3 May 2013 - The Kenyan government has maintained its interest in nuclear energy as a source of power. This is illustrated by it having dispatched 11 local people for training in South Korea as part of efforts to enhance electricity generation capacity to over 19,000 MW by 2030.

The team of representatives from Kenya will undertake postgraduate studies in nuclear science at the Korea Electric Power Corporation (Kepco) training school.

Vision 2030 delivery secretariat, director general, Mugo Kibati says, “As part of the wider effort to enhance and diversify our electricity generation capacity, Vision 2030 is encouraged that a team of Kenyans students are now taking their postgraduate nuclear engineering studies in South Korea.”

Kenya has been facing unreliable supply of electricity highlighted by frequent power blackouts mainly blamed on higher demand than current installed capacity. Even more worrying is that the electricity tariff is the second highest in East Africa and analysts say harnessing power from geothermal sources is a capital intensive and high risk venture, which has scared away most would be explorers.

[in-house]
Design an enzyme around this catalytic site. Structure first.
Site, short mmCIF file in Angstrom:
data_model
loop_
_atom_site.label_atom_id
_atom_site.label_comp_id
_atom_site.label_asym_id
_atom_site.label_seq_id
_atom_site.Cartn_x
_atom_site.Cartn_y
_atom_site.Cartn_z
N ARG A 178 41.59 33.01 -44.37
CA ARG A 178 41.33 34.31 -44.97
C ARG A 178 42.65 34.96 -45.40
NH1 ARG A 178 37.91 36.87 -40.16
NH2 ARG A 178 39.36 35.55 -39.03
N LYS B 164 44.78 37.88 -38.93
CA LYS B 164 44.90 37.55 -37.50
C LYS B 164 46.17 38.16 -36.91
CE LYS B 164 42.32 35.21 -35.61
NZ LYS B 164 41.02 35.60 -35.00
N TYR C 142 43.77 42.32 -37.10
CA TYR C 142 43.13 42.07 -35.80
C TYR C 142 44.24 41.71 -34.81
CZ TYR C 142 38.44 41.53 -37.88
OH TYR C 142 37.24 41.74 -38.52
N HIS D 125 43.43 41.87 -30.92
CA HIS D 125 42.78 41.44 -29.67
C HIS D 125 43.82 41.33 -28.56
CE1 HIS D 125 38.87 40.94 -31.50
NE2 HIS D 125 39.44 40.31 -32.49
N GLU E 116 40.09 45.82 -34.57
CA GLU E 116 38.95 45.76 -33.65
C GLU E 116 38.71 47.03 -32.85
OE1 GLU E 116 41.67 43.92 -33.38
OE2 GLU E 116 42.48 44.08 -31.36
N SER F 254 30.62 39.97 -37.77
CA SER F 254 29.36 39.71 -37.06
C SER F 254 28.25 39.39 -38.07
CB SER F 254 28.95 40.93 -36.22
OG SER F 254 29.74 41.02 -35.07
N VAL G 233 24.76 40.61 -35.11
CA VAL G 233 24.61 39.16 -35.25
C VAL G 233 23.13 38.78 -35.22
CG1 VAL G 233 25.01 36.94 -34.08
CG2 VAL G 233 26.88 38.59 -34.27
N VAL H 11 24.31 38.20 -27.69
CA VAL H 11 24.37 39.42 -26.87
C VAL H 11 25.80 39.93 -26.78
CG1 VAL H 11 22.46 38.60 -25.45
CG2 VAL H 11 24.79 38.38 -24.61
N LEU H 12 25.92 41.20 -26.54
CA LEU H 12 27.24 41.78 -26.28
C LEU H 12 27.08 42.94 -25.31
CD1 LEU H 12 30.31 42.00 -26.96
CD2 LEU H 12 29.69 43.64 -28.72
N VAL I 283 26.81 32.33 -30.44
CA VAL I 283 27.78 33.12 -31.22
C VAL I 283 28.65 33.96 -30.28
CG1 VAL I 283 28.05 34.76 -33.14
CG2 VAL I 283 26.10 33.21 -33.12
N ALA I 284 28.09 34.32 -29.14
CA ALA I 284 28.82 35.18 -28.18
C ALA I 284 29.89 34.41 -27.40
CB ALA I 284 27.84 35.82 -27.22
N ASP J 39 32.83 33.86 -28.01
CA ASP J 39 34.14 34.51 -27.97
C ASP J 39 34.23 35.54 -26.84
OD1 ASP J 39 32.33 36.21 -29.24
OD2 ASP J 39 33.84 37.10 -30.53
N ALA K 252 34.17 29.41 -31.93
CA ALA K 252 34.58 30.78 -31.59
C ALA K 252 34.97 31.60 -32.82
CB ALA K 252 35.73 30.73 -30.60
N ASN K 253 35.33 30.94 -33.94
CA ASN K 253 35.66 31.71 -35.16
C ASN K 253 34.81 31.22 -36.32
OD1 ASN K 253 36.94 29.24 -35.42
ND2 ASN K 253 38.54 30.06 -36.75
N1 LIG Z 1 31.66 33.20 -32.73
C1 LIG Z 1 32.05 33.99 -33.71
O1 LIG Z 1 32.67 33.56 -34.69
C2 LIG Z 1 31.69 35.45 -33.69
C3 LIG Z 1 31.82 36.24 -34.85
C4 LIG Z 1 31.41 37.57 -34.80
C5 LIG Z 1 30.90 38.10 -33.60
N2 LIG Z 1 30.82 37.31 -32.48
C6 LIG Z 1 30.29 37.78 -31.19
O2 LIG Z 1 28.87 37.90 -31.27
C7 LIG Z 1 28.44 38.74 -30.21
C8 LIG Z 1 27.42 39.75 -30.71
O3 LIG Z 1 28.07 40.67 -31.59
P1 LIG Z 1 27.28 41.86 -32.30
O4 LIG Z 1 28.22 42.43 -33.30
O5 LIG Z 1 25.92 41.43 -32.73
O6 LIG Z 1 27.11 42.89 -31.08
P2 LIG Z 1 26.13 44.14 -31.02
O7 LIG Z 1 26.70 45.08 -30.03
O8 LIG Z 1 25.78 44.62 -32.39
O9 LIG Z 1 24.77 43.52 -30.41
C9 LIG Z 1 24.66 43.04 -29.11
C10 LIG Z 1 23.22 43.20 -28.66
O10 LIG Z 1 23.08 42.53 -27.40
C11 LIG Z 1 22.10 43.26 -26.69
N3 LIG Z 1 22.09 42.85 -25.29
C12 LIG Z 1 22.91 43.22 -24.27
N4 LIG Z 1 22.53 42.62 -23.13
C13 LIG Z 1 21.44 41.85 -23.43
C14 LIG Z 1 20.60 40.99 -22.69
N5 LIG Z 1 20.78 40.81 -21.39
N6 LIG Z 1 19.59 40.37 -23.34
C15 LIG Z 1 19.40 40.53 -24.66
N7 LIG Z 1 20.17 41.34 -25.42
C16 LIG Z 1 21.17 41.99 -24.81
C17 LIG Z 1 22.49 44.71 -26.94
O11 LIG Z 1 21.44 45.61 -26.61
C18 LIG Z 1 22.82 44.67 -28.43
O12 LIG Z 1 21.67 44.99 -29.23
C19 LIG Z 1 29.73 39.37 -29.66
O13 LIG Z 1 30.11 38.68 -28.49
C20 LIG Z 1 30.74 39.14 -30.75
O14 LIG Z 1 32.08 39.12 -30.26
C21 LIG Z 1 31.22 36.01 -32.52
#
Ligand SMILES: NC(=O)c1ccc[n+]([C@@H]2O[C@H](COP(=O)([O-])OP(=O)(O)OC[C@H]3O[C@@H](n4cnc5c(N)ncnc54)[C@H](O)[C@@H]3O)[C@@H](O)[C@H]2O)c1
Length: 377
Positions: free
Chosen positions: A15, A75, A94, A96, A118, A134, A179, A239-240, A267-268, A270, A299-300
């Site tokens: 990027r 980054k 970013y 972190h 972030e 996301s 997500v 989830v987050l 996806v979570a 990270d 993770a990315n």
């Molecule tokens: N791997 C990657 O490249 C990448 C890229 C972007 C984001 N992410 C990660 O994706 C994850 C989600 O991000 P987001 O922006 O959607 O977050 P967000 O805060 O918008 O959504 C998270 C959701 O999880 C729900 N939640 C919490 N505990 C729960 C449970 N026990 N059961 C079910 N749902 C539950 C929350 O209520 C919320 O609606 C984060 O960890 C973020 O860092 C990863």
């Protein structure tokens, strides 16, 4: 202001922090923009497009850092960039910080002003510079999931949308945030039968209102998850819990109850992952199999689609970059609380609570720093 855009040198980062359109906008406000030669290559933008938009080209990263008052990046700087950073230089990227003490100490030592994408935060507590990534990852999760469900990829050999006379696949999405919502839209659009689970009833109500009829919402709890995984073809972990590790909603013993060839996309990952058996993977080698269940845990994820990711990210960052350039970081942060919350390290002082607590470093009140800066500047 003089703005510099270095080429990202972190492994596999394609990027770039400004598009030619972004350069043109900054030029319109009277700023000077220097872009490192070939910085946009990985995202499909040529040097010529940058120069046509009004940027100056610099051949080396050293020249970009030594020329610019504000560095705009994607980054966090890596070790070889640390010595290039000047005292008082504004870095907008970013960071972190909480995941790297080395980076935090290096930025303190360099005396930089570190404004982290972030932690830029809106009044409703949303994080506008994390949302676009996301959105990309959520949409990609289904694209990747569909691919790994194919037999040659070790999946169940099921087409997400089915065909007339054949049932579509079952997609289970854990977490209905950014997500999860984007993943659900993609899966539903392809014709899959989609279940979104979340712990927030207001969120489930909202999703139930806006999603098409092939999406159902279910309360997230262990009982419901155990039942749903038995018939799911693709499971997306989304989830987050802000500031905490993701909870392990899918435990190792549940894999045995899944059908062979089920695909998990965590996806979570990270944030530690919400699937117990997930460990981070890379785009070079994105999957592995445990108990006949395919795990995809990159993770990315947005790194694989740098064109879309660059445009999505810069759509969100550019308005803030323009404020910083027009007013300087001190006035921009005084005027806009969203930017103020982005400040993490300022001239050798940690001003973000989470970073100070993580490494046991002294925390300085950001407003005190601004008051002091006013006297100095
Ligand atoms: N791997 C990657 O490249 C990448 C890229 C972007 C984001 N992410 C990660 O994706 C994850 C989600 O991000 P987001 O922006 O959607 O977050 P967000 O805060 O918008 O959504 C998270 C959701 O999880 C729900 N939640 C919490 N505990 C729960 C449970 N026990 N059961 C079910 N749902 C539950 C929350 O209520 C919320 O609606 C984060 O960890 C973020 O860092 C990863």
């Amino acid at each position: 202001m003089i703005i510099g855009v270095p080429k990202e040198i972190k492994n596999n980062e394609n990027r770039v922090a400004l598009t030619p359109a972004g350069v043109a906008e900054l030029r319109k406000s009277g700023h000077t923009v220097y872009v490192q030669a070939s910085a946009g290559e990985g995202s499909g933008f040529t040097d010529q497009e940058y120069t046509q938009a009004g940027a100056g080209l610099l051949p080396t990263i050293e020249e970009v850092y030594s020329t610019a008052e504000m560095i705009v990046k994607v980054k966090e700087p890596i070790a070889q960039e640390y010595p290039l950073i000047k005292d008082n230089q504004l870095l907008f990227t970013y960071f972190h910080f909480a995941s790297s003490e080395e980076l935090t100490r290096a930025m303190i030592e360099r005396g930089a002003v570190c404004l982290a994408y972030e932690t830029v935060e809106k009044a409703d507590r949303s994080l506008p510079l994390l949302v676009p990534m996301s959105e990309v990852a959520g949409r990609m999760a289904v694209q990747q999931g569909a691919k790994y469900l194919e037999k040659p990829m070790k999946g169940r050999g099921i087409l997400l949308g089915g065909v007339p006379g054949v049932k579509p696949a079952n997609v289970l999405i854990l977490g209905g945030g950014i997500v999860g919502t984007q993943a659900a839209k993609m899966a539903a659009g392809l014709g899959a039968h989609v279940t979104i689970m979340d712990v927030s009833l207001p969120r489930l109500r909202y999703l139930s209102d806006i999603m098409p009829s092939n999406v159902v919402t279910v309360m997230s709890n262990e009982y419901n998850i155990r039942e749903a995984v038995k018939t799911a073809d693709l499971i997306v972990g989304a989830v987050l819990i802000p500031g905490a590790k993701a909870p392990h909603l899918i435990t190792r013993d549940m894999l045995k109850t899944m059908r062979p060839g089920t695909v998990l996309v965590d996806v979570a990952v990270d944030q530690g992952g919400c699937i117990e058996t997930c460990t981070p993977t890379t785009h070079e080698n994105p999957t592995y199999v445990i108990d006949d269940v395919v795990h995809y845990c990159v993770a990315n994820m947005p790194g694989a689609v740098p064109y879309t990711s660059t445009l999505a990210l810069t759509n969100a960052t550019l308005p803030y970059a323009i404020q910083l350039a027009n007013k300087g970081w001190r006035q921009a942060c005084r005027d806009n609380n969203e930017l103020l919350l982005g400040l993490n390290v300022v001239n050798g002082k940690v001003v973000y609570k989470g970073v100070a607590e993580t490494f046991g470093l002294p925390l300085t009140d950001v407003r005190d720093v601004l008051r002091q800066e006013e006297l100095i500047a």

Geothermal generation is being seen as the best source of affordable electricity for Kenya as part of its development blueprint of achieving middle income status by 2030.

The east African country’s current electricity demand is 1,191 MW while the effective installed capacity under normal hydrology is 1,429 MW. Hydro sources contribute 52.1% of total electricity, thermal 32.5%, geothermal 13.2%, bagasse 1.8% and wind 0.4%.

Kibati says that in tandem with the training programs, Kenya’s plan to engage in nuclear electricity production is well on course under the direction of the Kenya Nuclear Electricity Board. “The integration of a nuclear electricity generation plant in Kenya is part of continental effort by more than 12 African governments to facilitate the diversification of power generation.”

The Kepco International Nuclear Graduate School, where the Kenyans will be studying, is an educational institute established to cultivate leadership-level professionals in planning, design, construction, operation and management of nuclear power plants.